Which psychosocial factors moderate or directly affect substance use among inner-city adolescents?

Jennifer A. Epstein, Heejung Bang, Gilbert J. Botvin

Research output: Contribution to journalArticlepeer-review

51 Scopus citations

Abstract

Past etiology of adolescent substance use research concentrated on the main effects of various risk factors. The purpose of this study was to also longitudinally predict interactions on poly-drug use intensity and future smoking among inner-city adolescents. A panel sample of baseline, 1-year and 2-year follow-ups (N = 1459) from the control group of a longitudinal smoking prevention trial participated. We focused on the main effects, as well as, interaction effects between psychosocial protective factors and various risk factors, including perceived norms of friends, peers and adults to use drugs. Significant effects were identified for intensity of poly-drug use and future smoking. The analysis of the poly-drug use outcome indicated that refusal assertiveness undermined perceived friends' drug use and siblings' smoking, and that low risk-taking undermined perceived friends' drug use. There was a main effect for low psychological wellness. The significant interactions between perceived friends' drug use with refusal assertiveness and decision-making skills were observed for future smoking. Moreover, perceived peer smoking norms, siblings' smoking, and high risk-taking also showed significant main effects for increasing future smoking.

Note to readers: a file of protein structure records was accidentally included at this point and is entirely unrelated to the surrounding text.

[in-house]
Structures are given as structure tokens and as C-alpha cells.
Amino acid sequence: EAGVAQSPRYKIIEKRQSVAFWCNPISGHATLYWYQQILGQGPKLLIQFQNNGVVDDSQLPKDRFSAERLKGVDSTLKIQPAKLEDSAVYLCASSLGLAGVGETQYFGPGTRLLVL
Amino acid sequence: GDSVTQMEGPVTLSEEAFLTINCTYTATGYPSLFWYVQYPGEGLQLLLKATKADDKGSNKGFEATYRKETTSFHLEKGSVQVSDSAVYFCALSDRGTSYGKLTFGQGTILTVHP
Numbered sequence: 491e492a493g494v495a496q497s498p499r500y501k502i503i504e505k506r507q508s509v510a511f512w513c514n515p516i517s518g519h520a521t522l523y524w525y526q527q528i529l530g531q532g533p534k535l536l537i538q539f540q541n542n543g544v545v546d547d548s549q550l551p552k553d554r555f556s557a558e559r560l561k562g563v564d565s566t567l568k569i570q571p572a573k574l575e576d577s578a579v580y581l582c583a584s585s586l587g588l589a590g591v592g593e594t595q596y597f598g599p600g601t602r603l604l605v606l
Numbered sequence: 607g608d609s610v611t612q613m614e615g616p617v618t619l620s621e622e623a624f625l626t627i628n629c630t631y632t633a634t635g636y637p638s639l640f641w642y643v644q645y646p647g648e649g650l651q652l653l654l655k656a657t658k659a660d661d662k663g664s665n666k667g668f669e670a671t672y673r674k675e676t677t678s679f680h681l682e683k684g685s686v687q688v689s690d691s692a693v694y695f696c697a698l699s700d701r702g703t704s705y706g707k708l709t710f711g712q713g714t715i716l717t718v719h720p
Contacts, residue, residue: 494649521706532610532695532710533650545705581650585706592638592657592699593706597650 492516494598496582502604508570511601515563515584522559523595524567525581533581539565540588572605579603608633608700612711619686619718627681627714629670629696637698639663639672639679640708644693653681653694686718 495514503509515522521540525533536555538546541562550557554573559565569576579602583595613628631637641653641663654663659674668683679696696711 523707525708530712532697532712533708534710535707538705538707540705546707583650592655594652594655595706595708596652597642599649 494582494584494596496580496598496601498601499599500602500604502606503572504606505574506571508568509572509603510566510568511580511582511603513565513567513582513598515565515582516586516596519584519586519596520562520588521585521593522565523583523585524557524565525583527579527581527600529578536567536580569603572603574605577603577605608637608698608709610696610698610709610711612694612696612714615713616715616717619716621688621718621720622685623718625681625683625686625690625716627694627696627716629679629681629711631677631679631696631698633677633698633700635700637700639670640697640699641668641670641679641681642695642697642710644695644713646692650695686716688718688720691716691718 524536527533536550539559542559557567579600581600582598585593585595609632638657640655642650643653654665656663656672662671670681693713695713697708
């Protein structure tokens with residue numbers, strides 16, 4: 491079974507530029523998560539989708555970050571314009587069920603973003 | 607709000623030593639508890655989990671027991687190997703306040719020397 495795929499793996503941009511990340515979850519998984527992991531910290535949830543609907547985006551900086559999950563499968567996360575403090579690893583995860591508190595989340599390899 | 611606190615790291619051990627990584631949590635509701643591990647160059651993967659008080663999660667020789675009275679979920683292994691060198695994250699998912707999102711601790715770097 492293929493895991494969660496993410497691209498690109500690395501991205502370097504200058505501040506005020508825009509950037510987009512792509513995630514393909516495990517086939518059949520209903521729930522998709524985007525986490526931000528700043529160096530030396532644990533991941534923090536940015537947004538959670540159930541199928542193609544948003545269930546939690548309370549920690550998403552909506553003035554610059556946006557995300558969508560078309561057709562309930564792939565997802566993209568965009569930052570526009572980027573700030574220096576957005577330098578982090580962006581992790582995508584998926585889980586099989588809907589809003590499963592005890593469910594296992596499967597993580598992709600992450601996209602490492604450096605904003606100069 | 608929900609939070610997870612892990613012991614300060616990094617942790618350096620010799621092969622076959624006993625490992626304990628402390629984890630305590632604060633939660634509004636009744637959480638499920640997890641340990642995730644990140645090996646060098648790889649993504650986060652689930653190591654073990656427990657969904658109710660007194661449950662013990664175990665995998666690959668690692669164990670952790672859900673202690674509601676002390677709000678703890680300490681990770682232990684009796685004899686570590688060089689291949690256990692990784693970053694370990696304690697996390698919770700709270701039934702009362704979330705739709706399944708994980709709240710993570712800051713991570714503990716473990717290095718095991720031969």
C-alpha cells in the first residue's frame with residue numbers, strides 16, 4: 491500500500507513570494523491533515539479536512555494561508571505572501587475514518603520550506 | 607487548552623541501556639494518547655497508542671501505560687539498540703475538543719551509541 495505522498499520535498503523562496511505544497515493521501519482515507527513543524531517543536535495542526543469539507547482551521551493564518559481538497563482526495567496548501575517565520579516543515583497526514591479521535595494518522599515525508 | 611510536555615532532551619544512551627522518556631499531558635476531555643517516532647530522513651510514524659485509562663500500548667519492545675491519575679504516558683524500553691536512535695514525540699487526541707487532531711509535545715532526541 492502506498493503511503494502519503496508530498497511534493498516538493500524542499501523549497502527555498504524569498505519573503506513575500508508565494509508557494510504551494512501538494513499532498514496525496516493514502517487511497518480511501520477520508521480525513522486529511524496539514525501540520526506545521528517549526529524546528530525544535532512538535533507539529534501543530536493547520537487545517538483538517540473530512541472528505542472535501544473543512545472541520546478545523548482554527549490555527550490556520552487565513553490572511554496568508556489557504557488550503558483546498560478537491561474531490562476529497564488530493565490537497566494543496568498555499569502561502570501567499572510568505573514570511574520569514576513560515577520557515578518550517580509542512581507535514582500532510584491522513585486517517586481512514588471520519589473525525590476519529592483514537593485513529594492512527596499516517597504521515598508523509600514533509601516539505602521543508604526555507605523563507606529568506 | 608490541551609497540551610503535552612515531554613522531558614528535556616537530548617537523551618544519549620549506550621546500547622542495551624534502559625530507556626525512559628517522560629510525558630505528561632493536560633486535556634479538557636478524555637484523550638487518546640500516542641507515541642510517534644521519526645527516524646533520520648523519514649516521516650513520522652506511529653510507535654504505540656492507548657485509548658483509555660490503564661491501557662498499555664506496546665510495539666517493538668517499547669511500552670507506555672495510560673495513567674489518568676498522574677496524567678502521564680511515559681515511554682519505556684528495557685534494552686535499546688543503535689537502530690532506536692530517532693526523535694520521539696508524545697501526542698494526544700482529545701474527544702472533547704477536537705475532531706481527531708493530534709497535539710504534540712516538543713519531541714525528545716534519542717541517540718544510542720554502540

Original languageEnglish (US)
Pages (from-to)700-713
Number of pages14
JournalAddictive Behaviors
Volume32
Issue number4
DOIs
StatePublished - Apr 2007
Externally publishedYes

Keywords

  • Adolescence
  • Inner-city populations
  • Peer and friends' norms
  • Perceived family smoking
  • Psychosocial factors
  • Substance use

ASJC Scopus subject areas

  • Psychiatry and Mental health
  • Clinical Psychology

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